Eons ago, I looked at the Hennig/Bockwinkel match for the History of the AWA DVD that WWE released, and this was the first time I’d watched it since, and honestly, it was about as I remember it. The mat-based action was very solid and had a good flow and rhythm to it. Hennig took a wild fall to the outside and banged his head on the railing. It should be noted that Larry Zbyszko was sitting ringside in a tux, awaiting a future title shot with the winner. As far as I know, this was one of Bockwinkel’s last matches in the company on a full-time basis. The key part of the finish, Zbyszko handing the roll of dimes to Hennig, wasn’t caught on camera and when Bockwinkel got pinned with the punch, I was left wondering what happened. After the match was a total schmozz with comments from everyone involved plus AWA president Stanley Blackburn. The match was good but had the finish been a bit cleaner, I would’ve given it a higher score. Buddy Wolfe looked like one of those haggard dudes you see on the news who always gets busted for drugs or is involved in a domestic dispute. His partners didn’t look much better. Somers seemed lost without his long-time partner Rose and just dawdled around the ring. You wouldn’t know that Kelly would go on to become the future Nailz and showed some glimpses of decent ring work but nothing to impress. Rockers and Stevens made a good team with Stevens just laying in some hard shots to the scruffy looking opponents. The match really had potential but just the limited work of the heels brought down the score. Blackwell and Zhukov was terrible. Blackwell was in bad shape by this point and could hardly move and Zhukov just didn’t care to be in there. Nothing to see or talk about, so we’ll just move along. The two masked marauders known as the Terrorist and Mercenary were rough, but I could clearly tell that the Terrorist was just Brian Knobbs under a mask, and clearly working to get paid. Francis, a former football player for the San Francisco 49ers, was much better in the WrestleMania 2 battle royal than he was here as his limited ring skills really shone through. The bored crowd popped a bit for Snuka’s and Francis’ offense but nothing that they really geeked out about. This was not super at all.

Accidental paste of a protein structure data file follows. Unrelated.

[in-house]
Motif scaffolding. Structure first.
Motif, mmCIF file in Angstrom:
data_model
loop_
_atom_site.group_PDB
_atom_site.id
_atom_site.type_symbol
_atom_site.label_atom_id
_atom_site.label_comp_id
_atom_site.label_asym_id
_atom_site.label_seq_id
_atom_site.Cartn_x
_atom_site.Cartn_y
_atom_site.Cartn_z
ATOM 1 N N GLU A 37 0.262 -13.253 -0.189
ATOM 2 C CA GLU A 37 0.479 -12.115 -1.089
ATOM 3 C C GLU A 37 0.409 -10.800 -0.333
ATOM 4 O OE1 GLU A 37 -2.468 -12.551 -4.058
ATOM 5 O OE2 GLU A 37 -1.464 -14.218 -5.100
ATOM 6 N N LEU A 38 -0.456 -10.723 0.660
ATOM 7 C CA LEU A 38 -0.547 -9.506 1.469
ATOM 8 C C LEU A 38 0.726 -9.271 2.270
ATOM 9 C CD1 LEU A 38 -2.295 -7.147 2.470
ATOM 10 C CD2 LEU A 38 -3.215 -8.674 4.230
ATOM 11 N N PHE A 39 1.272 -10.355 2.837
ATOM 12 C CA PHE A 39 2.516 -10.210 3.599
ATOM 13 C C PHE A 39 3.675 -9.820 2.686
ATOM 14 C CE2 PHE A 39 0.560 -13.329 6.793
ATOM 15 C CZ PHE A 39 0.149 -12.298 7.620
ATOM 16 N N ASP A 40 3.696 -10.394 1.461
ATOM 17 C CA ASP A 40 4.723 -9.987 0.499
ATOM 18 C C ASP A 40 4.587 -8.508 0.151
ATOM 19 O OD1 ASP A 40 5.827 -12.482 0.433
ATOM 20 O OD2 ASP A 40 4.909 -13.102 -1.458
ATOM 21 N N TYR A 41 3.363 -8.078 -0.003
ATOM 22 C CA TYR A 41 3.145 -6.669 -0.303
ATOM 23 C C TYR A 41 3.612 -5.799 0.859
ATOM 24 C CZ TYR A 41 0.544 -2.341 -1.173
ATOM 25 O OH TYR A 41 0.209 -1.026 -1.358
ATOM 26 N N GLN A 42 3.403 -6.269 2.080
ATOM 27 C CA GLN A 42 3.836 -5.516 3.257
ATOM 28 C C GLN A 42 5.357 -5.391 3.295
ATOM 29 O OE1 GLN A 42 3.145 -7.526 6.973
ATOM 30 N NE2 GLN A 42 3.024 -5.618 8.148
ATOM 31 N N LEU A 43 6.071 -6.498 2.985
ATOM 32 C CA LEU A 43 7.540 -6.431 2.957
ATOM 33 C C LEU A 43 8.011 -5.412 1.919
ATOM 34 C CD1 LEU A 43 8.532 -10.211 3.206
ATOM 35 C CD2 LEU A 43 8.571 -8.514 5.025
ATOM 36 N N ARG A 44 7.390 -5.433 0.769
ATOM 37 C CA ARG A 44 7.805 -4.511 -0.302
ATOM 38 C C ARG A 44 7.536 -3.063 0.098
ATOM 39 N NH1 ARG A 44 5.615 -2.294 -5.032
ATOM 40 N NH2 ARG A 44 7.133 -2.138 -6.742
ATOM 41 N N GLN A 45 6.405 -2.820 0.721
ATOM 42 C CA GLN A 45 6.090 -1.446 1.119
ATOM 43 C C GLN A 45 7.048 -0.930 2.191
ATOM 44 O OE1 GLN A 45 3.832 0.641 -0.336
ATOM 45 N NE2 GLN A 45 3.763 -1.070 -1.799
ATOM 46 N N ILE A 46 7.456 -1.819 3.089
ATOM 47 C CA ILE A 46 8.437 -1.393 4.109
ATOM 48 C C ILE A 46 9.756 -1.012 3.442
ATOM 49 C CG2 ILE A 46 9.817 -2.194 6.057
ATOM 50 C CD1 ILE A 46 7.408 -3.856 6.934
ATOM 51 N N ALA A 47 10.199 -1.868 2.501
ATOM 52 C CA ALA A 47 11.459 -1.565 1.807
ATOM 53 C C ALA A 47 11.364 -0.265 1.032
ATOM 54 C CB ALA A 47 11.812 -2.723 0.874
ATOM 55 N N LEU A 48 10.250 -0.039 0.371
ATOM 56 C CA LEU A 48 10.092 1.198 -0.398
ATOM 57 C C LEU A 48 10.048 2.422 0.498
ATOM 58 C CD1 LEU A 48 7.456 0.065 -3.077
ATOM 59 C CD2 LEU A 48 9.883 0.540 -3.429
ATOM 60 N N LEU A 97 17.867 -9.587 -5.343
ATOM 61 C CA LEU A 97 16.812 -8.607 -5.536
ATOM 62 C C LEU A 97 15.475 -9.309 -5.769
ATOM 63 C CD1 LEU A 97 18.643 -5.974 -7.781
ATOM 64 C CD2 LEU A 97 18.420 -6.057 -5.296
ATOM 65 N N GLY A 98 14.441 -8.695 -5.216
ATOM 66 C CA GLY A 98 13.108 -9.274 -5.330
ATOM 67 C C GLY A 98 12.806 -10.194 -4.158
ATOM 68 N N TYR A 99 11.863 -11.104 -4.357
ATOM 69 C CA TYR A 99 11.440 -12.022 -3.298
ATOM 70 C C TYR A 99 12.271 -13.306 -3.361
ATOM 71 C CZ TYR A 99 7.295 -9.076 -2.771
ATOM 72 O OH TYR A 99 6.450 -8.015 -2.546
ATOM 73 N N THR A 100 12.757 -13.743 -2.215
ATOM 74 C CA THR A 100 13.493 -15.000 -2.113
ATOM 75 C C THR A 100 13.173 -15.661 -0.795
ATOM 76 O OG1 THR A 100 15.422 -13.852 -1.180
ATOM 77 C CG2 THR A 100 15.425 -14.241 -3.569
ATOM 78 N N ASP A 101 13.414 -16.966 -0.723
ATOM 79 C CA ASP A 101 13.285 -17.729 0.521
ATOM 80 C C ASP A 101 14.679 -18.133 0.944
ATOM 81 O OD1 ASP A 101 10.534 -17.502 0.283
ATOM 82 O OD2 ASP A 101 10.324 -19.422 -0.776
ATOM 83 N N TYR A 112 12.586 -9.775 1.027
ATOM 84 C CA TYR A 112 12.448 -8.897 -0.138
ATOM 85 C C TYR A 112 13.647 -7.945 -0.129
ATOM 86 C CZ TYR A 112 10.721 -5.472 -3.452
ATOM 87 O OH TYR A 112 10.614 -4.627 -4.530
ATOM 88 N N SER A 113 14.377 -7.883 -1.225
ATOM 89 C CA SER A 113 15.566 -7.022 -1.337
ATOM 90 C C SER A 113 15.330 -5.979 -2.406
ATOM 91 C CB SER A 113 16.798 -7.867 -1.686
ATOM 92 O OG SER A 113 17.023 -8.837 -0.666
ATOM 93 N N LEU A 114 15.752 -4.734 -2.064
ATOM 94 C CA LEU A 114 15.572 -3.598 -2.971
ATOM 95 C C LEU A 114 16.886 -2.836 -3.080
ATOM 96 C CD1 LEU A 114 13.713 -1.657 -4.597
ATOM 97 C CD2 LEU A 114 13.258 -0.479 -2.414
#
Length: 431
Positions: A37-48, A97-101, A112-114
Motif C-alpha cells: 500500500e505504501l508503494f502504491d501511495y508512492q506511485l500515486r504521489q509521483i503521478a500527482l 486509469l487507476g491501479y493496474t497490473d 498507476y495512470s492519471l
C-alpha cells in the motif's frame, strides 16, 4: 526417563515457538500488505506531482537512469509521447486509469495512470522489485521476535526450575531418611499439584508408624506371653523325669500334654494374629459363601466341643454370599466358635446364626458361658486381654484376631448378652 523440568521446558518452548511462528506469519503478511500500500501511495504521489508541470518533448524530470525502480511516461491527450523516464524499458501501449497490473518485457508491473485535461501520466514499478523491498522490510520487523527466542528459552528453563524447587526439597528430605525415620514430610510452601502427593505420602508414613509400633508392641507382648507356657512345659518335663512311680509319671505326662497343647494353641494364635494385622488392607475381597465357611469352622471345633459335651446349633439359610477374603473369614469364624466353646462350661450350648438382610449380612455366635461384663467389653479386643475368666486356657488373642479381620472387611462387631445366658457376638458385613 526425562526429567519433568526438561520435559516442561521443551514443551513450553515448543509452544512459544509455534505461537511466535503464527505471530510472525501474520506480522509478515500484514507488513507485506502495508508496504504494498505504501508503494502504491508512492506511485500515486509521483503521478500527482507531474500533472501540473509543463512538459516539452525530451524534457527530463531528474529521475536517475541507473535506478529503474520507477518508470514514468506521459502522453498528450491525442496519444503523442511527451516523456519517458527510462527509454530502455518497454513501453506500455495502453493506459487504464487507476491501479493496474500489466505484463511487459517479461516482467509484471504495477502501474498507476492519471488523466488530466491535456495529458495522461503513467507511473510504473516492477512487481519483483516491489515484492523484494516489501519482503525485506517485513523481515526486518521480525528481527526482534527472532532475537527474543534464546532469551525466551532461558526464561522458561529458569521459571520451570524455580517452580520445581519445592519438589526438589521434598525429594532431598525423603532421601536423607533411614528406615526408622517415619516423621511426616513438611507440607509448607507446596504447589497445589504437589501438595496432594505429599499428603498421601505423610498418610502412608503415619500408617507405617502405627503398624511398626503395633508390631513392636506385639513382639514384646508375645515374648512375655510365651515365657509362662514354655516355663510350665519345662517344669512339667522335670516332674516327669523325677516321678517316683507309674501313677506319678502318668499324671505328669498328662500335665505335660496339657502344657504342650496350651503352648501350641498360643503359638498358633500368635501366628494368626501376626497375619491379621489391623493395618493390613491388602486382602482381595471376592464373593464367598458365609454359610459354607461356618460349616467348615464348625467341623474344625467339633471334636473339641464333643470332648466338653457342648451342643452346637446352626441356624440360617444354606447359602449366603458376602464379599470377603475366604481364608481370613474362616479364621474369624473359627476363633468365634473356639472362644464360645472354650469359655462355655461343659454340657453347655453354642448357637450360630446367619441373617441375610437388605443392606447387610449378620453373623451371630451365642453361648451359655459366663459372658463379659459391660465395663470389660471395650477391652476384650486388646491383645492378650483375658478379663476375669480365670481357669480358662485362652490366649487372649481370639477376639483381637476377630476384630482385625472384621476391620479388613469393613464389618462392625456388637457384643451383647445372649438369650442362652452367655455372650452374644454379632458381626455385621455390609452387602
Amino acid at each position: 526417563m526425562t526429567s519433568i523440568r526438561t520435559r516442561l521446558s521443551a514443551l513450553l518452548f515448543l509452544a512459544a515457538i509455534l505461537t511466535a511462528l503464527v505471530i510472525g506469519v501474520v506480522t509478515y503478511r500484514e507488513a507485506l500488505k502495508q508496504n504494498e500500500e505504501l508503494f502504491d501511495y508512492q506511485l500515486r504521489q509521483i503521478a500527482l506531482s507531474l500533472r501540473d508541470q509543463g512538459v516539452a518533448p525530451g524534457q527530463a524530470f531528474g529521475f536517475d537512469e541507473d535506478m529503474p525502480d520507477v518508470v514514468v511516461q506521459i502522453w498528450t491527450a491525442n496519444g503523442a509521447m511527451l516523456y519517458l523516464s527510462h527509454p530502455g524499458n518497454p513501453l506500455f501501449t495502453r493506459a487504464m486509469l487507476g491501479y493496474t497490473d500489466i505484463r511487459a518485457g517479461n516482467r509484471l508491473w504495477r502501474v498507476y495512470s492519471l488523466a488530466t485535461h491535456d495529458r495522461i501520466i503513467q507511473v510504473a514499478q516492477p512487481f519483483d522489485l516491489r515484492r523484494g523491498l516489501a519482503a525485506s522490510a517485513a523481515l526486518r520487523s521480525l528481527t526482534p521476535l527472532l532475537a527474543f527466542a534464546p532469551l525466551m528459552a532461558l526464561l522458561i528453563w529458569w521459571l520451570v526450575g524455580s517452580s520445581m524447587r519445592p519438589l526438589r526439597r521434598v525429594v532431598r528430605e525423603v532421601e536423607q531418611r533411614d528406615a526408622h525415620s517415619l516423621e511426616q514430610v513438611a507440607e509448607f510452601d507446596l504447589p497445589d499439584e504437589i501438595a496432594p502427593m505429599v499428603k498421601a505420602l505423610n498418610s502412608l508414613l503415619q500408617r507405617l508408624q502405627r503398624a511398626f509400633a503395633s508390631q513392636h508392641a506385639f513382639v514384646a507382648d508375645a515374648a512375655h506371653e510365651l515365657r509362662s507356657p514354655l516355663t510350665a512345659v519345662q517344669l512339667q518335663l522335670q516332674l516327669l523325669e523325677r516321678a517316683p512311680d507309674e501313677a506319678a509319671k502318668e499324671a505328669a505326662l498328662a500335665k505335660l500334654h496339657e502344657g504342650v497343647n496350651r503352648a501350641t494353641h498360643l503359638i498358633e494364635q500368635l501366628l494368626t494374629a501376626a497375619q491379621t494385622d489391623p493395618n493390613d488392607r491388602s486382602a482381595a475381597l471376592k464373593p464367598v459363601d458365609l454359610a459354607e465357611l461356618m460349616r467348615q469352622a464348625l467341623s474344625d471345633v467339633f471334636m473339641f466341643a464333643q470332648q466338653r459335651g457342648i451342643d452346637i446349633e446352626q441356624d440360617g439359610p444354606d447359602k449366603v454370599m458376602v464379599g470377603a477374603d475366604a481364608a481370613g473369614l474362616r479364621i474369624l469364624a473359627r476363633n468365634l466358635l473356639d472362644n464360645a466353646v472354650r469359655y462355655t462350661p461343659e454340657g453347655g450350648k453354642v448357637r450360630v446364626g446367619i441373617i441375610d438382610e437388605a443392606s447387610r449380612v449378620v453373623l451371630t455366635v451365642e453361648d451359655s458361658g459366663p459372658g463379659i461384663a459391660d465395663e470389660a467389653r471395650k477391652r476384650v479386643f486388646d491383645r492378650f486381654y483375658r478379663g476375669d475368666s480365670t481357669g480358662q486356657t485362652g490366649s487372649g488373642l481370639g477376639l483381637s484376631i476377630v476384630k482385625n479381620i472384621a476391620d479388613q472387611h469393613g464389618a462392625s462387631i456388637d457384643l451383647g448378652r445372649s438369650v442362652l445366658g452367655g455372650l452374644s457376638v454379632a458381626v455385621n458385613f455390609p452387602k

Tuesday, June 2, 2009

ECW on Sci-Fi 2/19/08

1. Kofi Kingston vs. Jason Riggs - 1
2. The Miz vs. Colin Delaney - 2
3. Stevie Richards vs. James Curtis - 2
4. Ric Flair and CM Punk vs. Elijah Burke and Shelton Benjamin -3

Opening promo was humorous. Flair putting over the importance of the HoF. Burke and Benjamin interfered. Shelton popped Ric in the mouth mid-"Wooo!" Kofi looked crisp but Riggs' selling was awful, he looked unnatural, didn't have good instincts, etc. Usually when they get enhancement talent they'll shine at making the stars look good. Miz plays a great asshole, yelling pointers at Colin as he abuses him. Delaney was a good underdog kid role, probably better served now as a regular in Chikara. Stevie was experimenting with using kicks during this period, laying it a lot of them. Curtis ate the shots, although tried to duck one clothesline and Richards re-adjusted and swung low anyway in an awkward moment. The main event was decent. My favorite moment was Burke, who earlier in the show mentioned being a Flair fan as a kid, did the patented Ric eye poke, then climbed up top, only to be tossed off ala Flair by Flair. Ric looked gross, though; I thought his knees were going to turn to dust when he did a double-axe handle from the top. Burke was good on the apron, selling pain during the figure four, etc. I think TNA should hire him, have Creed turn on Lethal, and they could form either Doom 2K9 and bring in Ron Simmons to manage, or, possibly Harlem Heat 2K9 with Booker's blessings. Shelton tried to powerbomb Punk into the turnbuckle and CM bounced off and flipped up and out of the ring wildly. I'm sure he got vengeance backstage on XBOX.

Monday, June 1, 2009

New Japan G-1 Climax 1992

Return to the NWA Title Tournament

Really cool opening video plays, first shot is the NWA belt laying in a pool of $100 bills, like it was a gangsta rapper. Then we see pictures of the various titles used over the years and the strapping men that held them, Thez, Rogers, Funk, Brisco, Rhodes, -ing. Nice tribute.

1) Tony Halme v. Masa Chono- 2
2) Barry Windham v. Keiji Muto- 4
3) Scott Norton v. Bam Bam Bigelow- 3
4) Steve Austin v. Arn Anderson- 5
5) Satoshi Kojima/ Hiroyoshi Tenzan v. Koji Kanemoto/ Osamu Nishimura- 3
6) Chris Benoit v. Jushin Liger- 7
7) Kensuke Sasaki v. Terry Taylor- 4
8) Rick Rude v. Shinya Hashimoto- 6
9) Steve Austin v. Keiji Muto- 5
10) Masa Chono v. Scott Norton- 3
11) Steiner Brothers v. Keiji Muto/ Kensuke Sasaki- 6
12) Kengo Kimura/ Shiro Koshinaka v. Shinya Hashimoto/ Osamu Kido- 7